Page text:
MLB, for the second straight year, has scheduled games in London with the hope of promoting the sport in Great Britain. It’s a hopeless endeavor…
MLB has announced for the second straight season, major league teams will engage in a two-game series in London, to be billed as The Mitel & MLB Present London Series 2020.
On June 13-14, the attention of the baseball world will be drawn to paying attention to contests between the St. Louis Cardinals and Chicago Cubs.
As NL Central rivals and predicted to be in play for the Division title, those games would naturally draw the attention of any fan who gives a hoot about major league baseball.
But these games are targeted at a specific audience 3,000 miles from the shores of the United States and America’s Pastime.
And if the ultimate goal is to increase the number of games and committed teams, even to the extent of globalizing baseball by adding a team in Europe – MLB is barking up the wrong tree, and I believe I can prove it.
The dream is a good one, and the efforts of Commissioner Manfred to expand the game are to be applauded.
The MLB Circus Coming To Town For Two Days Doesn’t Tell Us Much
MLB will be the first to tell you that tickets for the two-game series in 2019 between the Yankees and Red Sox sold out in 45 minutes flat (a fact).
Noticeably, what they have yet to tell us is the costs MLB absorbs to do business for two days.
And that FOX-TV, the benefactor of the novelty in ad revenue, would relish in proclaiming that London’s perceived apathy toward baseball. One hundred twenty thousand tickets selling out in 45 minutes does not say indifference.
Smitten For Two Days Does Not Constitute Love
But what is missing is that for 363 days a year, the Brits don’t give a hoot about baseball.
And what MLB doesn’t tell you is that London is host to thirteen professional football (i.e., soccer) teams within its metropolis that attract its citizenry any day one or more of those teams are playing.
Thirteen has to tell MLB something, compared to three cities in America having the privilege to host a mere two teams.
But apparently, this has escaped their attention. On January 19 of this year, a soccer contest between Liverpool and Manchester captured 1.2 million viewers in the United States on the obscure (can you find it) BCSN and Telemundo channels.
We can only guess, and perhaps MLB would like to believe last year’s games in London attracted the same number of viewers in a city of only 9 million.
MLB: Here’s A Sample Of Data To Consider
Now, I said, in the beginning, I can prove MLB’s expensive attempt to court British fans is foolhardy, and that I can prove it.
My website, Reflections On Baseball, like all sites these days, can track where visitors are coming from based on reader viewership
With specific interest to the topic at hand, and from reliable WordPress stats, reference this data to draw your conclusions (Note: Nearly all readers are from the United States):
*** November 2019 30K Total Views 477 Canada 85 Puerto Rico 61 United Kingdom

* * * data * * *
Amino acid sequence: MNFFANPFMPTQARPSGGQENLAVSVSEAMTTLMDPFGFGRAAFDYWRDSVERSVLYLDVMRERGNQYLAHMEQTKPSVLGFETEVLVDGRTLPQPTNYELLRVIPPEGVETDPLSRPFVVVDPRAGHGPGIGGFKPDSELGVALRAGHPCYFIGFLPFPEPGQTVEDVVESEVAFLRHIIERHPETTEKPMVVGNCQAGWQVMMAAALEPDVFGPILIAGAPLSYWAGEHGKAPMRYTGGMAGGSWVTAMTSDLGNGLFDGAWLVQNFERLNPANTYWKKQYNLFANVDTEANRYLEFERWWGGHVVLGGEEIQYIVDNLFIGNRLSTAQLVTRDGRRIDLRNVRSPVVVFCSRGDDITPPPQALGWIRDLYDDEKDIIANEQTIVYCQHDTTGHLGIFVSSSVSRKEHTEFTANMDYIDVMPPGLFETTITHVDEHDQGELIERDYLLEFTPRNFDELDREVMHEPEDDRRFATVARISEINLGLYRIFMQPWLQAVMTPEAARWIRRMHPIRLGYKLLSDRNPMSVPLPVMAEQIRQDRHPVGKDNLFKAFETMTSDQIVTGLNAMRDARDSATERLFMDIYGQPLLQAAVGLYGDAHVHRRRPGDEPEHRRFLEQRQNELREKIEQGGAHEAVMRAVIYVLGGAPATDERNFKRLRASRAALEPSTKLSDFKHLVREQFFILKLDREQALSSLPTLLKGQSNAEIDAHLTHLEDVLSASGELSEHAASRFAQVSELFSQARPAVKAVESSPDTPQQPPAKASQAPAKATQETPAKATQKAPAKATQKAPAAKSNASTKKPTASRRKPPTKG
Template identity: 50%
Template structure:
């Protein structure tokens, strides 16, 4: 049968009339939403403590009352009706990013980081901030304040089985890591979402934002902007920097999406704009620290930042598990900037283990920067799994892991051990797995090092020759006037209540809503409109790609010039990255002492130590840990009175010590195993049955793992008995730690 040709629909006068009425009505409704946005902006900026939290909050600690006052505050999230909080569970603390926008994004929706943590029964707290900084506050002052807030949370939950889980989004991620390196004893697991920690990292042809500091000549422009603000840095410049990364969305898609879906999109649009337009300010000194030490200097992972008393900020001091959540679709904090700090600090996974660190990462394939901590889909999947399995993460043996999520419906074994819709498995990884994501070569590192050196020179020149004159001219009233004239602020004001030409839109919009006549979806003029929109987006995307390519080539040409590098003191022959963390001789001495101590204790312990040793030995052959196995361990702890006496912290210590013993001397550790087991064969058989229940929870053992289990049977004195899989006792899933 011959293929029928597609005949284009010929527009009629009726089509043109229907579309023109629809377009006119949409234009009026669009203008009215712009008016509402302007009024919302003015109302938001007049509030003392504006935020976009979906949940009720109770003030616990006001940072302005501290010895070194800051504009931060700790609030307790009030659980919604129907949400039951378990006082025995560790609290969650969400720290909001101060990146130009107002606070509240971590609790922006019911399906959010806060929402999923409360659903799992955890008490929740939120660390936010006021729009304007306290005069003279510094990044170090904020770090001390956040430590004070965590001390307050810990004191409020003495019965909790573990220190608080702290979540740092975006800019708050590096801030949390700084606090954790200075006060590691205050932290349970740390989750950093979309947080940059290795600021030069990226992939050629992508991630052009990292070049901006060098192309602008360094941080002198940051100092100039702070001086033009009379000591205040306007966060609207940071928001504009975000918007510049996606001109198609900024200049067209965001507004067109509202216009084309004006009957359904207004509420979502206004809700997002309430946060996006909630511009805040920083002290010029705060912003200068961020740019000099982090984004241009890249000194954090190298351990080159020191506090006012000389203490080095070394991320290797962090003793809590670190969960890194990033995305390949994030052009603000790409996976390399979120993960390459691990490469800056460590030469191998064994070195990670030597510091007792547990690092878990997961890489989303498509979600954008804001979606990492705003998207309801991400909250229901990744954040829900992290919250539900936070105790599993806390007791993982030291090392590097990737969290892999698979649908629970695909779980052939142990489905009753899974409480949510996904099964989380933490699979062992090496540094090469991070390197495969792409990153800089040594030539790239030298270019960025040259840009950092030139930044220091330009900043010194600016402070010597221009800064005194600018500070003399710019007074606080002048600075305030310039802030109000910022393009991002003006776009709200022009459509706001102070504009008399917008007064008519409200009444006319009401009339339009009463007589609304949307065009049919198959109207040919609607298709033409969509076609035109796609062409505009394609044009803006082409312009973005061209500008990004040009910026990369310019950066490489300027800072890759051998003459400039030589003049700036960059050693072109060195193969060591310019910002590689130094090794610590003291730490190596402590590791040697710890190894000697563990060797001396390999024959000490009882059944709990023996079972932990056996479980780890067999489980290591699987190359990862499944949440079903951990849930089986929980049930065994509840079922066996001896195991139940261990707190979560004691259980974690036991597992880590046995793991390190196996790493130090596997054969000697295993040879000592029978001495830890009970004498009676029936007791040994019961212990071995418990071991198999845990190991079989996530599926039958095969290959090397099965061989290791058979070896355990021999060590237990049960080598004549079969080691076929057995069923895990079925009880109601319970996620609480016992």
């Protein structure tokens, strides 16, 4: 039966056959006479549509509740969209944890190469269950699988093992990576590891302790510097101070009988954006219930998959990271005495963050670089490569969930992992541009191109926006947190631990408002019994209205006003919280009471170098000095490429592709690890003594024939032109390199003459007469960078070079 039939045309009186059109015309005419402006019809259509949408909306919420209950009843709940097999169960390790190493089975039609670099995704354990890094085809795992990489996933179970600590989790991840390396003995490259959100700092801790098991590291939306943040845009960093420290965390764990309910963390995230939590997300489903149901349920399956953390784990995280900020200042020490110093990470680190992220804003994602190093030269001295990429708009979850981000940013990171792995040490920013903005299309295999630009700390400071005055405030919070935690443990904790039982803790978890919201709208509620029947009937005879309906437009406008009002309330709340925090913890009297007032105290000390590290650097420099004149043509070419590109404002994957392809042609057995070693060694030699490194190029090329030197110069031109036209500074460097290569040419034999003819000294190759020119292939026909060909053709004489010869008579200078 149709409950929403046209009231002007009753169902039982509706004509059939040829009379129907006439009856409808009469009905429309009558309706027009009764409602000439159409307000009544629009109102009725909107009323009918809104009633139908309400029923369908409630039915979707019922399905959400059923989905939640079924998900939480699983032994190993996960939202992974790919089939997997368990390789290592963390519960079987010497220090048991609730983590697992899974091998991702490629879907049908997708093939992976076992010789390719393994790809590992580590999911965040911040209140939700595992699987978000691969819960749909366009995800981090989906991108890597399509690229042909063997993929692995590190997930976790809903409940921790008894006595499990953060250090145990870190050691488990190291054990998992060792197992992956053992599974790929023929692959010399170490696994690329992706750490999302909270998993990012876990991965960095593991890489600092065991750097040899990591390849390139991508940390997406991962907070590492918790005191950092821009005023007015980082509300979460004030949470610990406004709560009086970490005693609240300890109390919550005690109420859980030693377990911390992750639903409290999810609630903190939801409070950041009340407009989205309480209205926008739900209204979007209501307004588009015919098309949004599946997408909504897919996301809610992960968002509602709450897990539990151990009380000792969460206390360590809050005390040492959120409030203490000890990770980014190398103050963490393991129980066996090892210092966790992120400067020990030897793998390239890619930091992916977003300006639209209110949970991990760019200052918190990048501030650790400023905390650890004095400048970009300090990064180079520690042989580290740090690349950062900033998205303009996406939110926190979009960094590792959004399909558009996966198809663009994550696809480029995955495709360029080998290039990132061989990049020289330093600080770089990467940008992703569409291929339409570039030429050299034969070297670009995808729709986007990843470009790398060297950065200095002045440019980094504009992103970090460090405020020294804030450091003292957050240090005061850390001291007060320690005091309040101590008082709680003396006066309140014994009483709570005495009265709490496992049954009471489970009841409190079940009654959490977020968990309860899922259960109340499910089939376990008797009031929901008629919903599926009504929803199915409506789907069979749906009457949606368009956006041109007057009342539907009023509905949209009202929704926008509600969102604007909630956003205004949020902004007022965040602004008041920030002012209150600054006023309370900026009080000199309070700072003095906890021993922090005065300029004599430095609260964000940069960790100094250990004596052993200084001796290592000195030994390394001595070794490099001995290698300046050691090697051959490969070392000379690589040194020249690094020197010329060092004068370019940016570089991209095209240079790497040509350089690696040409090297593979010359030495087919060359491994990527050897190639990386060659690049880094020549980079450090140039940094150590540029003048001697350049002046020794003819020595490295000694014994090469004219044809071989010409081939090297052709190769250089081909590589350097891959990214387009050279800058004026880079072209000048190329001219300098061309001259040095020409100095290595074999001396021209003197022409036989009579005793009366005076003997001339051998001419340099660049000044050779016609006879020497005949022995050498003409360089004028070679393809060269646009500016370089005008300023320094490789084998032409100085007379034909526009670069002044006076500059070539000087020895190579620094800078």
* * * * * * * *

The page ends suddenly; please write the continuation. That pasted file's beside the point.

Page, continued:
*** December 2019 58K Total Views 648 Canada 164 Puerto Rico 98 U.K.
*** January 2020 (Inc.) 21K Views 679 Canada 100 UK 88 Puerto Rico
The data shows that the real interest lies in Canada and Puerto Rico, and not London.
This is not to claim these results as comprehensive or conclusive. But it is suggested that a two-day splash across an ocean is a marketing plan with no legs.
Canada, of course, has a team in Toronto that has demonstrated an avid fan base over the years. Montreal has been in and out of MLB but always is deservedly mentioned a future franchise when the subject moves to expansion.
Puerto Rico Seems A Natural – Not London
But there sits Puerto Rico. If I were to list the past or current major league players who have hailed from Puerto Rico – I wouldn’t have the time or energy to do so.
There’s trouble in Puerto Rico, and all of it stems from a severely unkind Mother Nature. A hurricane followed by an earthquake that wipes out countless lives and infrastructure in Puerto Rico is something MLB may not wish to be invested in.
Rebuild and economic support is essential. There appears to be little interest coming from the White House, but MLB, together with the Player’s Association, can, for instance, have a plan to control and subsidize ticket and refreshment prices.
We’re talking long term here and not just the series scheduled to be held between the Mets and Marlins in late April.
That’s all well and good. But there needs to be more.
And what’s more, MLB on behalf of the current players hailing from Puerto Rico, let alone the historical collection of players from Puerto Rico since baseball’s inception – most with family and friends there – deserve more for what they’ve contributed to baseball.
Or maybe, it’s my cynical mind working to suggest MLB doesn’t want anything to do with Puerto Rico because they hear an exodus of star players to the team playing there.
MLB has been negligent in recognizing the pot of gold that is present in not only Puerto Rico but Cuba and the Dominican Republic – all of whom are much closer than a trip across the Atlantic Ocean.
MLB: The Agreement Ends This Year – Stop The Fantasy
As a final thought, consider that MLB scrapped plans to open the 2020 season in Asia. Why? Asia, in contrast to Europe, Japan, and Korea, needs no introduction to baseball. Fans eat it up.
The two-year agreement between MLB and London ends after the 2020 series. Renewal for reasons other than the circus coming to town for a couple of days is not to be found.
MLB has the right idea to globalize baseball. But they have a lousy geographic plan to execute growth in the sport…